The Millennium Development Goals Report 2009 is based on a master set of data that has been compiled by an Inter-Agency and Expert Group on MDG Indicators led by the Department of Economic and Social Affairs of the United Nations Secretariat, in response to the wishes of the General Assembly for periodic assessment of progress towards the MDGs.
The United Nations General Assembly convened the 2000 Millennium Summit from 6-8 September 2000 at UN Headquarters in New York to discuss the role of the UN in the new millennium. Over 150 world leaders participated in the discussion, including 100 heads of state, 47 heads of government, three Crown Princes, five Vice Presidents, three Deputy Prime Ministers, and 8,000 other delegates.
The Millennium Declaration gave birth to the Millennium Development Goals (MDGs), a framework of 21 quantifiable targets and 60 indicators was set up by a consensus of experts from the United Nations Secretariat, the International Monetary Fund (IMF), the Organisation of Economic Cooperation and Development (OECD) and the World Bank.
The MDGs are to be achieved by 2015.
Goal 1: Eradicate extreme poverty and hunger
For many people around the world moving away from their home town or village can be the best – sometimes the only – option open to improve their life chances. The report explores how better policies towards mobility can enhance human development. Published by the United Nations Development Programme, the report traces the contours of human movement – who moves where, when and why, and argues for practical measures that can improve prospects on arrival, which in turn will have large benefits both for destination communities and for places of origin.
Now in its 47th year of publication, the United Nations Handbook remains the only comprehensive printed guide to the United Nations system and how it works. The handbook summarises all United Nations organisations and provides essential information about their aims, structures and membership. This unique publication is widely used by those working in the United Nations system, from diplomats on the negotiating floor to international civil servants and NGOs. It is also an invaluable resource for journalists, business, libraries, academics, schools, and members of the public.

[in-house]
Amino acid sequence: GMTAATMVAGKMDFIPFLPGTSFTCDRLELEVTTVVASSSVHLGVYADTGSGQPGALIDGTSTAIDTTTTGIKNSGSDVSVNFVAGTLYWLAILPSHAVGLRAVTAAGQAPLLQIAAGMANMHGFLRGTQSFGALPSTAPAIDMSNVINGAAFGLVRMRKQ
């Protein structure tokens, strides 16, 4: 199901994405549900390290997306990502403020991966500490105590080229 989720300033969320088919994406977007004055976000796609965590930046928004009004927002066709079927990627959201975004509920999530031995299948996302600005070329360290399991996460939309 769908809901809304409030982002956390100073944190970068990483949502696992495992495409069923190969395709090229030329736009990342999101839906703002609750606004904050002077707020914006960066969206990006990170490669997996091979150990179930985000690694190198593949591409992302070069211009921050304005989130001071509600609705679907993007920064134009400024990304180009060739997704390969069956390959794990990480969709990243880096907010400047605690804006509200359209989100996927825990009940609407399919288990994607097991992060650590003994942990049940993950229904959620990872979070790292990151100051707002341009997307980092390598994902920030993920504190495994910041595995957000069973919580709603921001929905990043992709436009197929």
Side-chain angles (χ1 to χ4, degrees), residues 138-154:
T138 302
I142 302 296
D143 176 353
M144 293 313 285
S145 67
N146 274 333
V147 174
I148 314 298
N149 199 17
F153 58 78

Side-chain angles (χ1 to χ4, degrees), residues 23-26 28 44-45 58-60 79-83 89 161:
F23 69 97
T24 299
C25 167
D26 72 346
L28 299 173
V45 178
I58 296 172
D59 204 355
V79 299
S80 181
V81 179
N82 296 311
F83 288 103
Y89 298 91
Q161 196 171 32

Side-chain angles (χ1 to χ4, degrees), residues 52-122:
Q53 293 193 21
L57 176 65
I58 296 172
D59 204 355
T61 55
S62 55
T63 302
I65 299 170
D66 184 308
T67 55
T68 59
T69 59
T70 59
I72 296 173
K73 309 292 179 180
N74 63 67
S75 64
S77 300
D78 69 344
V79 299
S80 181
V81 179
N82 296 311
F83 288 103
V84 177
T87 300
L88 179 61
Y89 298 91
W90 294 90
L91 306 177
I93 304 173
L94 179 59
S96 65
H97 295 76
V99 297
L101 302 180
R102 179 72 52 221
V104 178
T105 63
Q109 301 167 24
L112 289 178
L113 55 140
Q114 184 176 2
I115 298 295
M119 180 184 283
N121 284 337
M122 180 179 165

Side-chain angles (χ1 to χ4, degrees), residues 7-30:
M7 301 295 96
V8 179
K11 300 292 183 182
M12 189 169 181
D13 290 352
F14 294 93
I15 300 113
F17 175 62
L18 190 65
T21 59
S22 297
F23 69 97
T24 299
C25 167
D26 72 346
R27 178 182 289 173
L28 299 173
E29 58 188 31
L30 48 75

The United Nations (UN) secretary-general, Ban Ki-moon, has urged African all African leaders to show more political leadership by emphasising an end to male violence against women and girls in their home countries by endorsing the UNiTE campaign.
The UNiTE campaign was originally launched in 2008 and was introduced to bring in a number of UN agencies to work together in ending gender-based violence around the world.
The United Nations (UN) says the global food and energy crises and climate change, and coupled with the financial and economic crises, have eroded economic and social gains made in Africa over the past decade.
UN secretary-general, Ban Ki-moon, who called for a stronger partnership for Africa's development, points out that the adverse of social consequences of these crises are likely to remain for much longer in Africa, even after the recovery gathers pace in advanced countries.
South African charity, Gift of the Givers, has stepped up its drive to bring humanitarian aid directly to desperate, starving Haitians as red tape hampers international relief efforts.
The organisation’s Imtiaz Sooliman, points out that the charity is negotiating the passage of 100 tons of high-nutrition food parcels and medical supplies to be distributed independently.
The move could speed up delivery to areas poorly serviced by United Nations (UN)-led agencies.
The United Nations (UN) says the failure of the December 2009 summit in Copenhagen to agree on ambitious and immediate global action to combat climate change means that the task has become more, not less urgent.
UN Framework Convention on Climate Change (UNFCCC) executive secretary, Yvo de Boer, points out that, "The window of opportunity to tackle the climate problem closes more rapidly the longer nations delay to act together."
The United Nations mission chief in Haiti, Hedi Annabi of Tunisia, has died in last week’s earthquake that devastated the country's capital.
In a press statement, UN secretary-general, Ban Ki-moon, also confirmed the death of Annabi's deputy, Brazilian Luiz Carlos da Costa, and of the acting UN police commissioner in Haiti, Doug Coates of Canada.
Ban further says that Annabi, da Costa and Coates gave their lives for peace.